Nuremberg Sentences.
On 10 October 1946, the Cabinet was informed that the Control Council in Berlin was considering the appeals which had been lodged following the sentences which had been imposed by the Nuremberg trial.  An appeal had been heard about the sentence of death on General Jodl being changed from being executed by shooting rather than hanging; this had been supported by representatives of the US and France but neither the British nor the Soviet member of the council endorsed this view.  The Cabinet endorsed the view that the sentences should not be modified.  Count von Papen, who had been acquitted at Nuremberg, had applied to take up residence in the British Zone. This had been refused and the Cabinet ministers were asked to endorse the decision.  The Cabinet agreed that he should not be admitted because he would then have to be interned and brought before a tribunal as a potentially dangerous person and it was undesirable that the British authorities should appear to be putting the same man on trial again and it was undesirable that they should appear to be giving asylum to a person of such notoriety.

Post War Domestic Issues.
Later entries covered a wide range of domestic post war issues including suspension of civil defence acts, dock strikes, reconstruction of post-war Britain, the National Health Service, food for Europe, refugees, International Control of Atomic Energy, repatriation of Poles, National Insurance Scheme, broadcasting policy, the London Airport, and more.

Text searches can be done across all text on the disc.



W.M. 43(45).   12th April, 1945.  (3.0 p.m.)

1. British Prisoners of War.

Telegram 745 from Berne read to War Cabinet.

A.E. Wd. like to do it.

P.J. Partake in G. war only.

A.E. If "Allied" means Anglo-Am. don't find diffy: will never get R. consent. Consult U.S. & tell Russia.

P.M. Send to U.S. & R.: strong resolve is to accept it at once: not askg. for  consent. We are prepd to agree for ours, whatever you do.

A.E. They ask for agreemt. of "Allied Govts."

B.B. Russians have now allowed public suggn of agreement with Germans allowing us to advance in West.

Evatt. Applies only to G. war.

P.M. Dangerous to mention that.  Agreed: not resting it with us entirely.

A.E. If we & U.S. agree, I wd. tell G. so. Tell the French. They wd. get the benefits. No need to ask them.

2. War Criminals.
Evatt. Have discussed with our repve on Commn , who agrees.

A.E. V. good.
M.A.P. Disagreed: mixes pol. & judicial decn with disadvantage to both. No real trial for Hitler: facilities to argue in disproof. Will be criticised  not proper trial: give him chance of harangue. Neither proper trial nor pol. act � worst of both worlds.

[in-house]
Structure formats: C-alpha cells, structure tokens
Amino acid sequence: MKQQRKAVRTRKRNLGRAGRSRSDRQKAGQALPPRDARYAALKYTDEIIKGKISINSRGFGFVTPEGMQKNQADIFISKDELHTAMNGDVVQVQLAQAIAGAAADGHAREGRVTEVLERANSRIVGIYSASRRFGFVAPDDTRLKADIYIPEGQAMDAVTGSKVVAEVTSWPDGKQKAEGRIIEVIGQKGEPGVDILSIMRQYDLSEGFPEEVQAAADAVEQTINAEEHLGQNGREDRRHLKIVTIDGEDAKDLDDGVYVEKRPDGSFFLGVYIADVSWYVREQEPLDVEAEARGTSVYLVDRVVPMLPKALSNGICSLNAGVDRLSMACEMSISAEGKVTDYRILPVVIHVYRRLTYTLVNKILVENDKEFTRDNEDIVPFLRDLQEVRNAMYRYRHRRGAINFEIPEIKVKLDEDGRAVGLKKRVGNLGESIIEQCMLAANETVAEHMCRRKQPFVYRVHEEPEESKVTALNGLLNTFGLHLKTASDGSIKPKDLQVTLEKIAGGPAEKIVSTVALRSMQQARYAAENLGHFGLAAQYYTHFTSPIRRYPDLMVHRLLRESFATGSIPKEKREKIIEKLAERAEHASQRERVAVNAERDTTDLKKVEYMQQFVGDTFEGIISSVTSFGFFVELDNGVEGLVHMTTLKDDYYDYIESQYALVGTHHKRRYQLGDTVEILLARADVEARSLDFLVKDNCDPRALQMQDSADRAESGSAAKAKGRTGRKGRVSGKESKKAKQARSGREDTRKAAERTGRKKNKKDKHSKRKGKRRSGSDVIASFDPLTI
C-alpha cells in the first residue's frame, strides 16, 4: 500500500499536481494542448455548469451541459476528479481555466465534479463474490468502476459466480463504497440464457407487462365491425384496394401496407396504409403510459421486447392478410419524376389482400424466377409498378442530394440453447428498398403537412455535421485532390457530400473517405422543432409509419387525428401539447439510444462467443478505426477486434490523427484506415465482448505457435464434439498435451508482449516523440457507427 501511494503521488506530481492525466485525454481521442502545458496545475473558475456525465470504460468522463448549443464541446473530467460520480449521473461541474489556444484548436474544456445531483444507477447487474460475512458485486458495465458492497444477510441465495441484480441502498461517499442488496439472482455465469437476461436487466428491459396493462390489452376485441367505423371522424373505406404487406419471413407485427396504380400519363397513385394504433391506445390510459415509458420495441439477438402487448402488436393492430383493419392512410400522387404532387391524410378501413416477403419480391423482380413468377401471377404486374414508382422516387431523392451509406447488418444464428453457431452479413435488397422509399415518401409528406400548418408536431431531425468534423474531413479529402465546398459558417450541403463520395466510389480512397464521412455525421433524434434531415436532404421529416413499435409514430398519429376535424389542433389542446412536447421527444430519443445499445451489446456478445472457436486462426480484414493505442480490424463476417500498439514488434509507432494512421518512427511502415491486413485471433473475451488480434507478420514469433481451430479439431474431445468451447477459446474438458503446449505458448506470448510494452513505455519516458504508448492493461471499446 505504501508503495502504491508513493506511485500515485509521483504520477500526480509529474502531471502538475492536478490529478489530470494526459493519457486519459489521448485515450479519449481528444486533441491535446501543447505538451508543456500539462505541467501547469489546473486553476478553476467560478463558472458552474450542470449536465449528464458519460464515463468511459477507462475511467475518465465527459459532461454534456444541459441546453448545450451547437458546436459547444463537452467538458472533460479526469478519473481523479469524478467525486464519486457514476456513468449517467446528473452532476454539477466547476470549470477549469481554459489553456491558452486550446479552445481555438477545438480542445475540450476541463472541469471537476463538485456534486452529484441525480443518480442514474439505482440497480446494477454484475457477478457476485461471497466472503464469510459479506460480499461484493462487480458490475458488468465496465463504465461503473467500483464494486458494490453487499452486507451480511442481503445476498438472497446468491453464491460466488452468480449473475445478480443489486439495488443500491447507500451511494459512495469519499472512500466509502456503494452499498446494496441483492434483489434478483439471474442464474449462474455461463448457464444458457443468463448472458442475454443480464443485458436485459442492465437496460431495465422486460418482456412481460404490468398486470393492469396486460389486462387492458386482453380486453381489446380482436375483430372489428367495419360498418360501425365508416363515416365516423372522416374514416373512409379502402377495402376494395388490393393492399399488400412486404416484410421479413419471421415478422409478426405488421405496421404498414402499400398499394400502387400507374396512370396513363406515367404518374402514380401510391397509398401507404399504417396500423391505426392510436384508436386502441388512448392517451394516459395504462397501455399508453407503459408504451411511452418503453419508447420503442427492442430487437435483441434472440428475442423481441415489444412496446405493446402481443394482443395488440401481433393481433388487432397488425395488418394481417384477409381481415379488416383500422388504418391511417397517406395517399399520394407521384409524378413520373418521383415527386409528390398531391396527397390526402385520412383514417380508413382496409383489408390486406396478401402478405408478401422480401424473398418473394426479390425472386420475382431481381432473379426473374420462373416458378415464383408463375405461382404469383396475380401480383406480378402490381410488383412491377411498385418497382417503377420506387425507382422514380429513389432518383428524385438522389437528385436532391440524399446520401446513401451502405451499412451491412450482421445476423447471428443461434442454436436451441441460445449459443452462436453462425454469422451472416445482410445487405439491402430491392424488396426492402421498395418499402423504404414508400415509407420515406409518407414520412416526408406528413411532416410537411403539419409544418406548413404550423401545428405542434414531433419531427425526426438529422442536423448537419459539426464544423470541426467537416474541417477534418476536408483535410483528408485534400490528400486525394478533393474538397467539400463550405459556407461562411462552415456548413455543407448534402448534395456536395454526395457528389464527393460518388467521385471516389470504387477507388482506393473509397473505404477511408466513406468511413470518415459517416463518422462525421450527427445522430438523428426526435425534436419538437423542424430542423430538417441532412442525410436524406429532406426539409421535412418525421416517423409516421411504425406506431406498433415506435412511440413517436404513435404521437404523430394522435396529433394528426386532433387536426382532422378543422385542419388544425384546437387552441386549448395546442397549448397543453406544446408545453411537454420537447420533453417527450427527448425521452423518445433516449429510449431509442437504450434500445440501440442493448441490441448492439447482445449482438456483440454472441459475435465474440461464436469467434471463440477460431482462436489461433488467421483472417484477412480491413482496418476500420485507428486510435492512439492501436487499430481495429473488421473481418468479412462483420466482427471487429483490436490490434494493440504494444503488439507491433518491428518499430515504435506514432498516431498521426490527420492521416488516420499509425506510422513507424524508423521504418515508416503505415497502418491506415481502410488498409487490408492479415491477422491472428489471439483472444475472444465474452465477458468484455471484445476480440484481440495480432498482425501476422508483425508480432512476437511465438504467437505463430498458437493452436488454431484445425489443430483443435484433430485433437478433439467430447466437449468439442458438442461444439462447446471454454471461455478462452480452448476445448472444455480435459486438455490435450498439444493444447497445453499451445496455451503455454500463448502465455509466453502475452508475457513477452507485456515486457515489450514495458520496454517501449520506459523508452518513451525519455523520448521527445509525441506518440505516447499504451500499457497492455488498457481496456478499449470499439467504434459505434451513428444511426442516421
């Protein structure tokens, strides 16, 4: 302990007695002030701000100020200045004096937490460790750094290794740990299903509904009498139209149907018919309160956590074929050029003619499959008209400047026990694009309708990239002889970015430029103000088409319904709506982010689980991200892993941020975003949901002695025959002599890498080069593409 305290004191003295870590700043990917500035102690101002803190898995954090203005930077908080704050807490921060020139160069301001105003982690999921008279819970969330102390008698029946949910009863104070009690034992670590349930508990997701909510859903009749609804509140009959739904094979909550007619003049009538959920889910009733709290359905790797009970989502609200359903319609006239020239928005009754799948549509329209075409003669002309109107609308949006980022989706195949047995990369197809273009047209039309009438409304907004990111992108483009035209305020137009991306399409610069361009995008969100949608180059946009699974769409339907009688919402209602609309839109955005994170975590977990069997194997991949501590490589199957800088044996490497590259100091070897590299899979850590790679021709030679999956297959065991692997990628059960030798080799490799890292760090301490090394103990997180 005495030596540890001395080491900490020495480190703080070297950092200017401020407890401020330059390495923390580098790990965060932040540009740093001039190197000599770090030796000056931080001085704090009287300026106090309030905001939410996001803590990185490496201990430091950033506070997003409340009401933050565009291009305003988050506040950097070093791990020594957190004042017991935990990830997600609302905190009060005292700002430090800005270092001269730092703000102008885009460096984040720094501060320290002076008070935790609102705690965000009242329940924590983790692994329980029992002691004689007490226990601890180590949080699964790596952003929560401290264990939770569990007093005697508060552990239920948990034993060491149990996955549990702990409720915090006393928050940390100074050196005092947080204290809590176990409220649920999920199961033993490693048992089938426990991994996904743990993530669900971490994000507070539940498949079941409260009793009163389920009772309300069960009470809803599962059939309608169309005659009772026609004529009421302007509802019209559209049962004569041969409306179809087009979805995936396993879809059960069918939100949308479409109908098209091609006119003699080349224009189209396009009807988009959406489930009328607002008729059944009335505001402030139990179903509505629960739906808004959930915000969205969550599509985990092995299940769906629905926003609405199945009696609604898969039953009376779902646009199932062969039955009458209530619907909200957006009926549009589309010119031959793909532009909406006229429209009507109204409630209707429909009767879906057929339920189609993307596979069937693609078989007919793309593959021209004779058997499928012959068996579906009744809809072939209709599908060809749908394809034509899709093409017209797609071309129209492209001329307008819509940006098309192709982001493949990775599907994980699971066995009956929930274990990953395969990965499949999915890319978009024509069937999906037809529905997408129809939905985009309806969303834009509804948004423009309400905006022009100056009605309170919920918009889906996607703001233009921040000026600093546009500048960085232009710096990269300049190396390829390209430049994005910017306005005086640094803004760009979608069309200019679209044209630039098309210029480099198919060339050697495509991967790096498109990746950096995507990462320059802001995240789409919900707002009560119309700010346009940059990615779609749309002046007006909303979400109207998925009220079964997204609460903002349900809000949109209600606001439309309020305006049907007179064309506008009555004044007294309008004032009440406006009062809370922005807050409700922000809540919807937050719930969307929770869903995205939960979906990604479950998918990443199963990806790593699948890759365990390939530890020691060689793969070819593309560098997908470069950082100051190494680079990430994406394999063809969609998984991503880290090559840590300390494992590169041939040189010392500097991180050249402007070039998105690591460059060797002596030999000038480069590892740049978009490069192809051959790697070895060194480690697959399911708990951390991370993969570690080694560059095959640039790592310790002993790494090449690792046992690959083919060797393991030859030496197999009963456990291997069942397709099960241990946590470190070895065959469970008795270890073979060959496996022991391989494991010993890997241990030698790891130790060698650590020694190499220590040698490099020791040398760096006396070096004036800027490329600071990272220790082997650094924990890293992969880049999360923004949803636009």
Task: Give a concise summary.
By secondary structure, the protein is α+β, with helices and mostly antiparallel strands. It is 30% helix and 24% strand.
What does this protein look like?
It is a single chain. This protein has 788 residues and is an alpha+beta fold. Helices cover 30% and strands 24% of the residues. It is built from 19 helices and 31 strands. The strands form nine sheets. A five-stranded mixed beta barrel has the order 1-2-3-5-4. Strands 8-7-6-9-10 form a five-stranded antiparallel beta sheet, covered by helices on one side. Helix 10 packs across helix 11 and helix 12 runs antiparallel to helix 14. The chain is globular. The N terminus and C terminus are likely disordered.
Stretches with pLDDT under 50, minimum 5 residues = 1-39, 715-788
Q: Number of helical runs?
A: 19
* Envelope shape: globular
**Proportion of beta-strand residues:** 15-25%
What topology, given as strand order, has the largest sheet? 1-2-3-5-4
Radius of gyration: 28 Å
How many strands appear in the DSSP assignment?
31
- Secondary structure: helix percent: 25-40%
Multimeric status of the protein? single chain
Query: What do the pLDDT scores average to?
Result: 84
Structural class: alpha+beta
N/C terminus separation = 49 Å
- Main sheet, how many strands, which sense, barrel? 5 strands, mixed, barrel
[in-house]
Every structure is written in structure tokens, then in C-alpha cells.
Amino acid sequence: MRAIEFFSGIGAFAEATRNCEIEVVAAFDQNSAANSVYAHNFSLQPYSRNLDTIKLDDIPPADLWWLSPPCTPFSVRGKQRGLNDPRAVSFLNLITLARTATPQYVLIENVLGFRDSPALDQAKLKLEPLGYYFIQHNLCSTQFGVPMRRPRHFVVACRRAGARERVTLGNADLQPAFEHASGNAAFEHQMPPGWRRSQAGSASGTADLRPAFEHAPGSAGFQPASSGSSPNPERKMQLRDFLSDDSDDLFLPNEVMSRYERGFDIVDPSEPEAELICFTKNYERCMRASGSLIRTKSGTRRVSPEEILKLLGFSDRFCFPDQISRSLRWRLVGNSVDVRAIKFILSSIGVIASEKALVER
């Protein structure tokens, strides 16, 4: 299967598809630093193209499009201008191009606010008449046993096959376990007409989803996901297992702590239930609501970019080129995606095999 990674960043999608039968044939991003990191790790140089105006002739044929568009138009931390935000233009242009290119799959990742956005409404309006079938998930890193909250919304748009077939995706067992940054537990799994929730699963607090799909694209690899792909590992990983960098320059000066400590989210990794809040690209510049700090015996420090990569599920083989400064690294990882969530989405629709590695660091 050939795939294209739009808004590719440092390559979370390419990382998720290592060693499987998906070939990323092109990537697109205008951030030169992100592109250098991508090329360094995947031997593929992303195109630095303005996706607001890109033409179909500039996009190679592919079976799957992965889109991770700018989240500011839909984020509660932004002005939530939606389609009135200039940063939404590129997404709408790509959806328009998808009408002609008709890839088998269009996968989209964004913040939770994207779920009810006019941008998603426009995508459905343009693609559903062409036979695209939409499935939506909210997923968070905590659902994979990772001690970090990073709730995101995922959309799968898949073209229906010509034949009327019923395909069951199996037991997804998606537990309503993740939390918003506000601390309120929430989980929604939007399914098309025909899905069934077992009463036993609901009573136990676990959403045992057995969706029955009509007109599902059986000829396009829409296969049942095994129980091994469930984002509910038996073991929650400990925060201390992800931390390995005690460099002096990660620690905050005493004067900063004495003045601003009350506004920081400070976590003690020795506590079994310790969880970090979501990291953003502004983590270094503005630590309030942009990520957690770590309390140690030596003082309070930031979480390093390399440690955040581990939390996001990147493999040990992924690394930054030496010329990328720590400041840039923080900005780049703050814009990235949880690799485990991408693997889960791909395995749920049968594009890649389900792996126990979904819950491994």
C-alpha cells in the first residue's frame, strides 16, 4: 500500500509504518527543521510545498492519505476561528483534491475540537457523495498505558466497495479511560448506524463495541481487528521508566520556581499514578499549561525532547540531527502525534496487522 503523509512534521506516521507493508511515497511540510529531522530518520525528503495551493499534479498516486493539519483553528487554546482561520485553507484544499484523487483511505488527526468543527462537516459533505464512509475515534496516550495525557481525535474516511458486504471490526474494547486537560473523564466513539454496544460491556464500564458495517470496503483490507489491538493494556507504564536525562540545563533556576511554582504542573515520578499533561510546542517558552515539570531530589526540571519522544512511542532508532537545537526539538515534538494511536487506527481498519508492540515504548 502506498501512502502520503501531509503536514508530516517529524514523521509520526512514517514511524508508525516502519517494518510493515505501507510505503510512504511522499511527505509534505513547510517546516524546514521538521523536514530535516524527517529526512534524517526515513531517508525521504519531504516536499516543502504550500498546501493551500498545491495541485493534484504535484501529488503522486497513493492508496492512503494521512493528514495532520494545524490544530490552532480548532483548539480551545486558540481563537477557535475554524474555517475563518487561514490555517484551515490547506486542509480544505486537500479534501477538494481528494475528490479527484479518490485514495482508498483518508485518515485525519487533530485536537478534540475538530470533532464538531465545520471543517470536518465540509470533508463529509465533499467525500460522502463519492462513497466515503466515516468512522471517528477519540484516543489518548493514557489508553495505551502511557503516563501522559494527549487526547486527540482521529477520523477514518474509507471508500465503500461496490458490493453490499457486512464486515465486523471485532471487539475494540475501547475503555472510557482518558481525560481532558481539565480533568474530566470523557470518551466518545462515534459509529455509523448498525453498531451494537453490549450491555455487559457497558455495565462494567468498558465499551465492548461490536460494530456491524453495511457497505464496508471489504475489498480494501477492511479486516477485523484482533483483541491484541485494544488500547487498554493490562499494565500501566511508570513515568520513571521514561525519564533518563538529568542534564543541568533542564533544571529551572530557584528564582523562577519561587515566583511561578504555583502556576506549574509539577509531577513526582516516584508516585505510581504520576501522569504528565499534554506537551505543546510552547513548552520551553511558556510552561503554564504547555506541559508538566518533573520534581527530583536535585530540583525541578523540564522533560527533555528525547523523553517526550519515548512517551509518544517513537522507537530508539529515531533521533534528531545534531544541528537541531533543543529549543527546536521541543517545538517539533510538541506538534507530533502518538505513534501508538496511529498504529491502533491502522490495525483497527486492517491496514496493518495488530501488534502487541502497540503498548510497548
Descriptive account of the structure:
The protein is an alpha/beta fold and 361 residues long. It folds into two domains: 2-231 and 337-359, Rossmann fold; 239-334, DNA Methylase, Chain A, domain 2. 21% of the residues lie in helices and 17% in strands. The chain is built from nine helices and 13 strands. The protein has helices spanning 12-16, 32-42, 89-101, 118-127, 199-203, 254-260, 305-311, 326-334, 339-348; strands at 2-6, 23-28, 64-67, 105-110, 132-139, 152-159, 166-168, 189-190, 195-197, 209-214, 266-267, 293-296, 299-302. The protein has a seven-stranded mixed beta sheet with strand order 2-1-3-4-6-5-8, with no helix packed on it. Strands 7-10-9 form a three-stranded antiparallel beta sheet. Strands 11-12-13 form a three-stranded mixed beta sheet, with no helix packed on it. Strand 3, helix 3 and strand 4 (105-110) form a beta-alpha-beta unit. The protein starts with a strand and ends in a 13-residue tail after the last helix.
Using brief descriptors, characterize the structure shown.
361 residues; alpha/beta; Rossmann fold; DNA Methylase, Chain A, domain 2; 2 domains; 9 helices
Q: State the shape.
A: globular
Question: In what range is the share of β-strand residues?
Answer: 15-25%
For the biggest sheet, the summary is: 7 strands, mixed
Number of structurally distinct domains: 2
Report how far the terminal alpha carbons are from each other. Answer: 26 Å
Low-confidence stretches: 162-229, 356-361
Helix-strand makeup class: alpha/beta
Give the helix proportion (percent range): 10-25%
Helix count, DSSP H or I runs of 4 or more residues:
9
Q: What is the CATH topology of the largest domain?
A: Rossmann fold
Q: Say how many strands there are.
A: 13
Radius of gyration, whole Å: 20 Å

A.G. Gestapo � wd. be a proper trial. Prosecn leadg. up to charge of conspiracy to commit war crime.

P.J. V. large nos. � hundreds of thousands.






W.M. 44(45).     13th April, 1945

Death of President Roosevelt.

P.M. Profound shock. Leap into unkown. Truman's statemt. � will keep present Cabinet, & prosecute the war to the utmost v. Germany & Japan. Truman will be well man: F.D.R. has been a sick man for months. On Tuesday: I shd. move resolution (Heads of States). Wish among Party leaders � only one speech. Procedure: passed new. con. Spker shd. be asked about that Had thought of going to-day to Funeral. But v. private: in room at White House. Interment at Hyde Park: relatives & Can. only. Suggest A.E. shd. be present. Debate Tuesday on S. Francisco. L.P. to open: P.M. to wind up if me. Thursday on Poland & Foreign Affairs = P.M. Identical resolution & procedure (one speech) in H/Lords.

B. View in U.S. = that Stimson will wield main influence.

M/L. Belief Stettinius will rise in power & influence.

J.A. He is v. well disposed to us.

P.M. King & Queen wish to attend Memorial Service. Tuesday a.m. Abbey or St. Pauls?

J.A. If tradition is not against it for celebration of international event, Abbey wd. be more convenient. Agreed: Enquire: presumption in favour of Abbey.

P.M. Will send personal telegram to Truman.  Relations with Russia.

P.M. Accept quietly U.S.'s apology on Crossword.  Poland: Will draft telegram circulate to War Cab. & send to

A.E.: he must get Truman to agree. Essential that our Polish policy shd. be unanimous.

A.E. Was to see Mik. to-day.

P.M. Hope he will at least declare friendliness to R. Can't press him on Soviet  if he won't do that.





 C.M. 22(45).   14th August, 1945 at 10.50 p.m.

Japan: Surrender.
E.B. Read out message recd from Byrnes. Proposed 6.30. Washington time: pressed for 7.p.m. W. = midnight Ldn. He has since talked to Moscow & Chungking & fixed this time.

P.M. Is this satisfactory?

E.B. Want to get it checked with State Dpt.

P.M. Assumg. that is O.K. � will b'cast at 12 m'night: send warning flash in advance: King to b'cast to-morrow night. Or � announce to-night that to-morrow is V.J. Day.

P.L. Then Truman's announcement will come first.

E.B. Further message: time will stand if E.B. has nothing further to say. Genl. view: this is satisf. if U.S. Embassy confirm the terms.

P.M. Read draft of announcement.  Suggns - refer to impending release of our p.o.w.


Abbreviations in documents aboveabove:

A.E.  = Anthony Eden, Foreign Secretary

P.J = PJG - Sir P.J. Grigg, Secretary of State for War

P.M. = Prime Minister Winston Churchill

B.B. = Brendan Bracken, First Lord of the Admiralty

M.A.P.  = Minister or Ministry for Aircraft Production, Sir S. Cripps

B.  =  Lord Beaverbrook, Lord Privy Seal

M/L. = Minister of Labour, E. Bevin

J.A. = Sir John Anderson, Chancellor of the Exchequer

E.B. = Sir Edward Bridges, Cabinet Secretary

P.L. = Richard Law, Minister of Education